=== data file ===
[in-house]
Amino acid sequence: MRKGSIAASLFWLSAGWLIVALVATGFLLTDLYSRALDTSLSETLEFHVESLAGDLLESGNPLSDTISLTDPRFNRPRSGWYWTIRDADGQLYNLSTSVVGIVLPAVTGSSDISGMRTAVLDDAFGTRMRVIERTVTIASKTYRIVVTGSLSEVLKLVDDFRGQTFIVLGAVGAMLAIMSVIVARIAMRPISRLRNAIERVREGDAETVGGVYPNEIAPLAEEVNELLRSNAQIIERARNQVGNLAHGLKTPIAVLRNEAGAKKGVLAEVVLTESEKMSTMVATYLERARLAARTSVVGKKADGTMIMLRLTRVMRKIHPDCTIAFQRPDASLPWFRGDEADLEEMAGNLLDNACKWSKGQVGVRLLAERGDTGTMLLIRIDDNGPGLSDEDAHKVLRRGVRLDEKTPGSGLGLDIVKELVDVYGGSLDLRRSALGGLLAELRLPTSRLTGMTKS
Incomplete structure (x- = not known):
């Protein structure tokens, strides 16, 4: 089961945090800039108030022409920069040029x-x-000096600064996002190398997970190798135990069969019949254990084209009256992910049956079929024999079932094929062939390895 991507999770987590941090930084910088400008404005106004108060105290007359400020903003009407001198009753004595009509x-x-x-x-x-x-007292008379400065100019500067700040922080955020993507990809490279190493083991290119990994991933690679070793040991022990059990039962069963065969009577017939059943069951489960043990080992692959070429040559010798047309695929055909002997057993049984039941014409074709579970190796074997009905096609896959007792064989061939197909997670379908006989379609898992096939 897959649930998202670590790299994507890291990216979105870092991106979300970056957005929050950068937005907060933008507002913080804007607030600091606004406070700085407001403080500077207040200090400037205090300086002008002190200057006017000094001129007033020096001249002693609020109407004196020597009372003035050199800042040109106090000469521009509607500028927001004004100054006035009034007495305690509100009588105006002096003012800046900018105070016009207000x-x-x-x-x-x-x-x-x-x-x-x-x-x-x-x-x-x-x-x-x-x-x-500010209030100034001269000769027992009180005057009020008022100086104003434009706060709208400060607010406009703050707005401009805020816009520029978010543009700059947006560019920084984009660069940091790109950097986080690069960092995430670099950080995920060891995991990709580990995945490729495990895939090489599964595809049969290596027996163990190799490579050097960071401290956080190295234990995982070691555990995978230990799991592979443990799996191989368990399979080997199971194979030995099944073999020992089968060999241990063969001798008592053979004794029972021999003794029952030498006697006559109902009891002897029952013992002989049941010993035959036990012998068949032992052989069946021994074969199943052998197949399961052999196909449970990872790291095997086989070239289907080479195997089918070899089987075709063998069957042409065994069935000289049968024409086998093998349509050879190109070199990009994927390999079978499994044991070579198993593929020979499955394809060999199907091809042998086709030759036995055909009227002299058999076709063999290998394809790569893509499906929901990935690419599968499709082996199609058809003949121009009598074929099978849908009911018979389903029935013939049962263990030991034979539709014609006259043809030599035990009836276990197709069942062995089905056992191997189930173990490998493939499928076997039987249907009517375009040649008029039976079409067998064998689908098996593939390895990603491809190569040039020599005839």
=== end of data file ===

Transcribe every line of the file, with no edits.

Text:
[in-house]
Amino acid sequence: MRKGSIAASLFWLSAGWLIVALVATGFLLTDLYSRALDTSLSETLEFHVESLAGDLLESGNPLSDTISLTDPRFNRPRSGWYWTIRDADGQLYNLSTSVVGIVLPAVTGSSDISGMRTAVLDDAFGTRMRVIERTVTIASKTYRIVVTGSLSEVLKLVDDFRGQTFIVLGAVGAMLAIMSVIVARIAMRPISRLRNAIERVREGDAETVGGVYPNEIAPLAEEVNELLRSNAQIIERARNQVGNLAHGLKTPIAVLRNEAGAKKGVLAEVVLTESEKMSTMVATYLERARLAARTSVVGKKADGTMIMLRLTRVMRKIHPDCTIAFQRPDASLPWFRGDEADLEEMAGNLLDNACKWSKGQVGVRLLAERGDTGTMLLIRIDDNGPGLSDEDAHKVLRRGVRLDEKTPGSGLGLDIVKELVDVYGGSLDLRRSALGGLLAELRLPTSRLTGMTKS
Incomplete structure (x- = not known):
């Protein structure tokens, strides 16, 4: 089961945090800039108030022409920069040029x-x-000096600064996002190398997970190798135990069969019949254990084209009256992910049956079929024999079932094929062939390895 991507999770987590941090930084910088400008404005106004108060105290007359400020903003009407001198009753004595009509x-x-x-x-x-x-007292008379400065100019500067700040922080955020993507990809490279190493083991290119990994991933690679070793040991022990059990039962069963065969009577017939059943069951489960043990080992692959070429040559010798047309695929055909002997057993049984039941014409074709579970190796074997009905096609896959007792064989061939197909997670379908006989379609898992096939 897959649930998202670590790299994507890291990216979105870092991106979300970056957005929050950068937005907060933008507002913080804007607030600091606004406070700085407001403080500077207040200090400037205090300086002008002190200057006017000094001129007033020096001249002693609020109407004196020597009372003035050199800042040109106090000469521009509607500028927001004004100054006035009034007495305690509100009588105006002096003012800046900018105070016009207000x-x-x-x-x-x-x-x-x-x-x-x-x-x-x-x-x-x-x-x-x-x-x-500010209030100034001269000769027992009180005057009020008022100086104003434009706060709208400060607010406009703050707005401009805020816009520029978010543009700059947006560019920084984009660069940091790109950097986080690069960092995430670099950080995920060891995991990709580990995945490729495990895939090489599964595809049969290596027996163990190799490579050097960071401290956080190295234990995982070691555990995978230990799991592979443990799996191989368990399979080997199971194979030995099944073999020992089968060999241990063969001798008592053979004794029972021999003794029952030498006697006559109902009891002897029952013992002989049941010993035959036990012998068949032992052989069946021994074969199943052998197949399961052999196909449970990872790291095997086989070239289907080479195997089918070899089987075709063998069957042409065994069935000289049968024409086998093998349509050879190109070199990009994927390999079978499994044991070579198993593929020979499955394809060999199907091809042998086709030759036995055909009227002299058999076709063999290998394809790569893509499906929901990935690419599968499709082996199609058809003949121009009598074929099978849908009911018979389903029935013939049962263990030991034979539709014609006259043809030599035990009836276990197709069942062995089905056992191997189930173990490998493939499928076997039987249907009517375009040649008029039976079409067998064998689908098996593939390895990603491809190569040039020599005839």